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Iconoclasm in Iconoclasm

Iconoclasm

Iconoclasm is a very old spiritual and philosophical paradox. On the one hand it differs from atheism in that it does not deny the reality of truth or God, but it challenges codification of these ideas. It is on its face an opposition to any representation of the divine images, and on another it’s a desire to move closer to a true understanding of any idea that orthodox institutions offer. In a sense, it shares a spirit with anarchism in that no representational codification of the divine is truly seen as adequate, and allows for no adherence to a fixed image.

In common with Heresy as well? Heresy is a dissenting interpretation of conventional dogmas. Iconoclasm is levelling these dogmas to their very bedrock, and then perhaps after, engaging in speculation regarding a more true interpretation.

Heresy is opposition vs. Iconoclasm going to source and bypassing the dogma? Heresy is disagreement, if only by matter of degree. Iconoclasm would be closer to an oppositional stance, but still without a necessarily destructive stance. Iconoclasm can be taken up more from the attitude of a devil’s advocate, even if you hold to no commitment to the abolishment of an institutionalized image or concept.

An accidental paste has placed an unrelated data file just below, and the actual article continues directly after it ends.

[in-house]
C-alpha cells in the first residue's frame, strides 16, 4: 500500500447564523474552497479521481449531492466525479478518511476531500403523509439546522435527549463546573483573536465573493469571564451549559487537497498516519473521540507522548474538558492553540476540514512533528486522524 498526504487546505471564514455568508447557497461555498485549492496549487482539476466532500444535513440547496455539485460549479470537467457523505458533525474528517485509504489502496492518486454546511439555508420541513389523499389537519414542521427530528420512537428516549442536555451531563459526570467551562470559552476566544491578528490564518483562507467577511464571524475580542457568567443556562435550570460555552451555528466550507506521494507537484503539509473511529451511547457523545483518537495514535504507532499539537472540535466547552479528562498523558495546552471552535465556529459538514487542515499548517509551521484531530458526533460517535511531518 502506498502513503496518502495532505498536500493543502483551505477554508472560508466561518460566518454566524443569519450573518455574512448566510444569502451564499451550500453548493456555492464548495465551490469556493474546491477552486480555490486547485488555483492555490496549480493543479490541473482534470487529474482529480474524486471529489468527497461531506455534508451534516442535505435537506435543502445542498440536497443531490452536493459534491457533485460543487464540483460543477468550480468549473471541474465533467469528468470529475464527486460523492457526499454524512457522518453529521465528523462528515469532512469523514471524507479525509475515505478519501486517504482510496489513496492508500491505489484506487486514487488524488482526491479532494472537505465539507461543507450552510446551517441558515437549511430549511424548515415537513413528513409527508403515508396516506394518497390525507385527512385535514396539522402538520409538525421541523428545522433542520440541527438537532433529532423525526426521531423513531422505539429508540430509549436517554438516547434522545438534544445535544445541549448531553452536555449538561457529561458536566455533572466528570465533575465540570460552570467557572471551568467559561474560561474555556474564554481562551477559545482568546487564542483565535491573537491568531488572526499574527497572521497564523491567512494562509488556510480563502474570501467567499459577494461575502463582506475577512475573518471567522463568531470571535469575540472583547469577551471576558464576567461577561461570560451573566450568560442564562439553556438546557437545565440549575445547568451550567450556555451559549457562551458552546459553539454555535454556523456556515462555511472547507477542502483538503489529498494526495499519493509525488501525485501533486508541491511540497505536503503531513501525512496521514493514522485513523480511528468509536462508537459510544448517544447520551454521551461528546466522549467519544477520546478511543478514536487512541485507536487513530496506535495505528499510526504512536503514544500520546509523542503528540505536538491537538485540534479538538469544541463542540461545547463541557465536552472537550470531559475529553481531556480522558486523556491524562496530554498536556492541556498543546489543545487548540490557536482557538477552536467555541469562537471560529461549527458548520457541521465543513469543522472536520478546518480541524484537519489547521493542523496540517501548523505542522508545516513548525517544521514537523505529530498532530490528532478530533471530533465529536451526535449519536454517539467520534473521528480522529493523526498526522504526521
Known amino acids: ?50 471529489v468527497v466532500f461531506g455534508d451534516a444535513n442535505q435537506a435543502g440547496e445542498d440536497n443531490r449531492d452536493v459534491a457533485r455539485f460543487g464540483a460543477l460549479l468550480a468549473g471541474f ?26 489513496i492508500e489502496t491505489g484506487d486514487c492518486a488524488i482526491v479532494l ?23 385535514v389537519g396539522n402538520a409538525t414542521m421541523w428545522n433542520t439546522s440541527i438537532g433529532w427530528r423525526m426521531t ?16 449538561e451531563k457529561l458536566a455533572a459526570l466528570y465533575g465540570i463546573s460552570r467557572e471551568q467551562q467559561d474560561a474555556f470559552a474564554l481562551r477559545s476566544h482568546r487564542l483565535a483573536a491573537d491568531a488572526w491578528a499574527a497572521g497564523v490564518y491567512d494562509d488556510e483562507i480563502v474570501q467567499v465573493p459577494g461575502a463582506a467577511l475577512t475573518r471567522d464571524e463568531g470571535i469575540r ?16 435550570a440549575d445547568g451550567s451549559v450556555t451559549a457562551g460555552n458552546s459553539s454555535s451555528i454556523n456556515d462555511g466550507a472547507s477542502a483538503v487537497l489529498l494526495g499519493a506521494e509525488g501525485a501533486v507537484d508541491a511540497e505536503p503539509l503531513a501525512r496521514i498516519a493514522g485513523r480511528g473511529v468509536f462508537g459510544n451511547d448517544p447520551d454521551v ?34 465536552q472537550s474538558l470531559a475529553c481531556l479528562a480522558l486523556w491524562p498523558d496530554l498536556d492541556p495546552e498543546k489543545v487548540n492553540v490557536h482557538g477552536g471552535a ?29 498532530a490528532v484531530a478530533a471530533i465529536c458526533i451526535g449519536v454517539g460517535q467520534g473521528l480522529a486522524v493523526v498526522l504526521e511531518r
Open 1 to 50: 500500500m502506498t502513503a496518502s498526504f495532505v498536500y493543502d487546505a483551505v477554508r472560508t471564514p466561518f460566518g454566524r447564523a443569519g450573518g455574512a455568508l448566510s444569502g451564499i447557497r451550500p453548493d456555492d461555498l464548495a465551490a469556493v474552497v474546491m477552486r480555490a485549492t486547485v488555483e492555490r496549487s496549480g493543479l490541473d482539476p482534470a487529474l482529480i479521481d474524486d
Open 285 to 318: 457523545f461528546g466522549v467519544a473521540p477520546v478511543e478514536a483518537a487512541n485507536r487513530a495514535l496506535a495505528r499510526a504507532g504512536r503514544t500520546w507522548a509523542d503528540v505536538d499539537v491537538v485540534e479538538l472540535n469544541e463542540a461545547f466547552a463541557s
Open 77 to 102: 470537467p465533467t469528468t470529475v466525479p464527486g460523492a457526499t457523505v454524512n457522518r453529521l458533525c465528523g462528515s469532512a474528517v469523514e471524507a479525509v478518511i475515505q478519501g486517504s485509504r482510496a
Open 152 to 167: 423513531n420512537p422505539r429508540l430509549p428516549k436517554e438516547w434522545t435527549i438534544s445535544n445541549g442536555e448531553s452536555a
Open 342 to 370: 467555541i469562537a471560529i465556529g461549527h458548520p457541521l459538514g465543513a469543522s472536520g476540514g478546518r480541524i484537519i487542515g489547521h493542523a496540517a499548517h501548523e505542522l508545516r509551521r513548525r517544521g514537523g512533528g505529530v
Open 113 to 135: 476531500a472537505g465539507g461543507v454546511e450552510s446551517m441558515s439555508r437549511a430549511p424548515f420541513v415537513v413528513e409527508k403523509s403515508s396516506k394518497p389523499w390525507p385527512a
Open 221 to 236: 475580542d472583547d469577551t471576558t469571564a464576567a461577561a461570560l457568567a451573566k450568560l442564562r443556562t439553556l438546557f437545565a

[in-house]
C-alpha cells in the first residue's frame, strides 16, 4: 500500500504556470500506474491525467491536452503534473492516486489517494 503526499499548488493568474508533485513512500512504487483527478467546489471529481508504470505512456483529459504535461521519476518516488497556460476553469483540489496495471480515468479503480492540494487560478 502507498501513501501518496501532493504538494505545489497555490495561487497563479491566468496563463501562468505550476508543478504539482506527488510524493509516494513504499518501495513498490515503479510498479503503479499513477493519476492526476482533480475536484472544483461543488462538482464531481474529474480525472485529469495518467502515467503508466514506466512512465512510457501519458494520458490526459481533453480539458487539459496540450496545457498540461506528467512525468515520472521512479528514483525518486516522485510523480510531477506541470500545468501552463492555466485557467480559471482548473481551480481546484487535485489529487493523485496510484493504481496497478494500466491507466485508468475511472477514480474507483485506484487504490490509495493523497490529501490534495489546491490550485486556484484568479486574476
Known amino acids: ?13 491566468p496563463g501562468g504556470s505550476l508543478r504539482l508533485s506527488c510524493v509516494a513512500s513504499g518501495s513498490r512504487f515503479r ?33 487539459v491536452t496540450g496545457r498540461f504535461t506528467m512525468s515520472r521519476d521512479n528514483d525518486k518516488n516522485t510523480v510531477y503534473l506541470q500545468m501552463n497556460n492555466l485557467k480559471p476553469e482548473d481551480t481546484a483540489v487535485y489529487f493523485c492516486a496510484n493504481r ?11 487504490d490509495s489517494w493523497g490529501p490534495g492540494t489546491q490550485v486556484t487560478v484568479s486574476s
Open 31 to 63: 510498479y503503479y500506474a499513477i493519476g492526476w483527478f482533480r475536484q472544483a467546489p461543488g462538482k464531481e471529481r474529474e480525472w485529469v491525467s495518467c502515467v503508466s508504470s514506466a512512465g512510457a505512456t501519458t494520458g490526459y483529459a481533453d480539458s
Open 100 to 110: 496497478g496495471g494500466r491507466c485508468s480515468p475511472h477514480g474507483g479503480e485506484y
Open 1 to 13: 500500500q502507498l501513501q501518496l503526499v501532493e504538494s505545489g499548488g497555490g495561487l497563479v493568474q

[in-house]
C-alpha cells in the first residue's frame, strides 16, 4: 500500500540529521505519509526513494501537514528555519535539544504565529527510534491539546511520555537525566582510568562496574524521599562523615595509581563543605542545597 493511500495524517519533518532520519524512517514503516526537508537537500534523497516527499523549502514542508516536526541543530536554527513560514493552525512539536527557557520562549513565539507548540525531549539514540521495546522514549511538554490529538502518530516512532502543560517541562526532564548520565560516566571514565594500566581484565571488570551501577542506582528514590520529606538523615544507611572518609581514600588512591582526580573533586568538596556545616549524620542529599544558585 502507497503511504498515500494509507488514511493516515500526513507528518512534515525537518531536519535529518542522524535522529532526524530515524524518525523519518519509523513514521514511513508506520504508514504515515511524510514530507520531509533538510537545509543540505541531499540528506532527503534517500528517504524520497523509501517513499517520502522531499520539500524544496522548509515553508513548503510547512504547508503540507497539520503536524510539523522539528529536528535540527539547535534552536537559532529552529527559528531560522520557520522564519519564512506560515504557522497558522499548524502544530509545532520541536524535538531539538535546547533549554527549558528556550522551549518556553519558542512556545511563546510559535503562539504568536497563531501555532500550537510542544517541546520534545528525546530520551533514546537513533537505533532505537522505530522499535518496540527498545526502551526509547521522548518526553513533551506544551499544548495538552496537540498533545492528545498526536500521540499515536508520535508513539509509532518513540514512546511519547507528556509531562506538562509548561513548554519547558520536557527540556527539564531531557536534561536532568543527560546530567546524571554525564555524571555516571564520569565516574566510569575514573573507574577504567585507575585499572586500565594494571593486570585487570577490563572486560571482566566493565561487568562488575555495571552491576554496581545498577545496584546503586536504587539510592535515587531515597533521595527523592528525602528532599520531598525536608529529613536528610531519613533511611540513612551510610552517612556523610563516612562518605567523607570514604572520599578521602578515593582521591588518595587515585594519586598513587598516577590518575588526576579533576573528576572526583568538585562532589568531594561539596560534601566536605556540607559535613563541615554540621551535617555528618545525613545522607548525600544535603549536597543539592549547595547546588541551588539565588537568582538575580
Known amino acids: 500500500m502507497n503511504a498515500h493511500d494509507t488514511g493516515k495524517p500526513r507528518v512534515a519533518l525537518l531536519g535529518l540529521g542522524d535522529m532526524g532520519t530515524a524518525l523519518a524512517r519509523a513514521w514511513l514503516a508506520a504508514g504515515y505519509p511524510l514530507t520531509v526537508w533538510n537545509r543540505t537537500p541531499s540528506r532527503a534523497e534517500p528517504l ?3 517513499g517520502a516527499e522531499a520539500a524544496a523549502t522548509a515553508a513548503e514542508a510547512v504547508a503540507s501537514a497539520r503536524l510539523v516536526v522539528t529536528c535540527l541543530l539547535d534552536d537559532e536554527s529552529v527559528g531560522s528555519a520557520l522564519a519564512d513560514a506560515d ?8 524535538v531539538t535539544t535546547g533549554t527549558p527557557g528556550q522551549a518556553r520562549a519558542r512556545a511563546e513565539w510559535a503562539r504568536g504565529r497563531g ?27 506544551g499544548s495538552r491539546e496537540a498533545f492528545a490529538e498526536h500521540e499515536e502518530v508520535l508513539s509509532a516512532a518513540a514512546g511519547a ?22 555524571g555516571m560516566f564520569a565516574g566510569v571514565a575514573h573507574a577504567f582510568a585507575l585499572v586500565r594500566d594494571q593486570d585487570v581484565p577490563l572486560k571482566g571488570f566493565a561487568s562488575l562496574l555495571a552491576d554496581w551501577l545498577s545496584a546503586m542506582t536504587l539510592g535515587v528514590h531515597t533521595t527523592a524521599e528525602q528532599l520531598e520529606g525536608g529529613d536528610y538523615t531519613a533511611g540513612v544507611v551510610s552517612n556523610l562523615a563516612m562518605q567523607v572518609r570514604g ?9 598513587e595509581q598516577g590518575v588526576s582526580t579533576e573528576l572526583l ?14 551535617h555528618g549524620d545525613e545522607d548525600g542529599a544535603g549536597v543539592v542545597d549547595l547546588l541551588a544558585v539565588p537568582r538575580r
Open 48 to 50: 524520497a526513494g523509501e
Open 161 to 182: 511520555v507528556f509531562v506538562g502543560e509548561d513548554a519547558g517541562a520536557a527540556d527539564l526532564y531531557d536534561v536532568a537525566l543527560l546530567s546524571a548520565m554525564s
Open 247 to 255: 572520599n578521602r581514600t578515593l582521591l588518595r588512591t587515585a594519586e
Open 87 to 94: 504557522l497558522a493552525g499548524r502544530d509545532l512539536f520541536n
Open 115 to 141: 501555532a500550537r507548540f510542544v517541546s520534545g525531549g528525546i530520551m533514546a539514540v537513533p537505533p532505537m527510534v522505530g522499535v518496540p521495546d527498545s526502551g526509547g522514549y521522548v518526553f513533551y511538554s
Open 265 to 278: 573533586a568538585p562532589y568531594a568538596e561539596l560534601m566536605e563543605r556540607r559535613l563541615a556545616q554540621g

Perhaps of interest, Iconoclasm has almost as a rule been taken up not by opponents of a belief in total, but more as a tool for sectarian rectification motivated by a refusal to use or reuse old ideas.

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Trying to purify a belief so to speak? Break down dogma in the way of Christ’s message for example? Yes. One example of that is the Nestorian schism, where the literal person of Christ is seen as dual in nature as opposed to the more mosaic literal identification.

Would Jesus be considered an Iconoclast? Basically, yes. He spoke with the intent of clarifying the spirit of Jewish law, as well as questioning the established Rabbinical authority. He felt they were not sincere in trying to keep the way that was revealed to them.

Elaborate on the schism you mentioned, dual vs. mosaic? In the Nestorian heresy if you will, they taught that the human named Jesus was of a dual nature. Both a normal human man and the vessel of the logos which is the word/will of God. They felt that the idea of God as subject to human failings was dubious, but that if you accepted Christ’s dual nature then both roles could be present in the same being. So the use of Jesus as a literal representation/embodiment of God was not adhered to by the Nestorians.

So Monism is related to Iconoclasm? Monism is related to Iconoclasm in that they would be opposed.

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Your thoughts are welcome. Be well friends.

Travis Saunders
Dragon Intuitive
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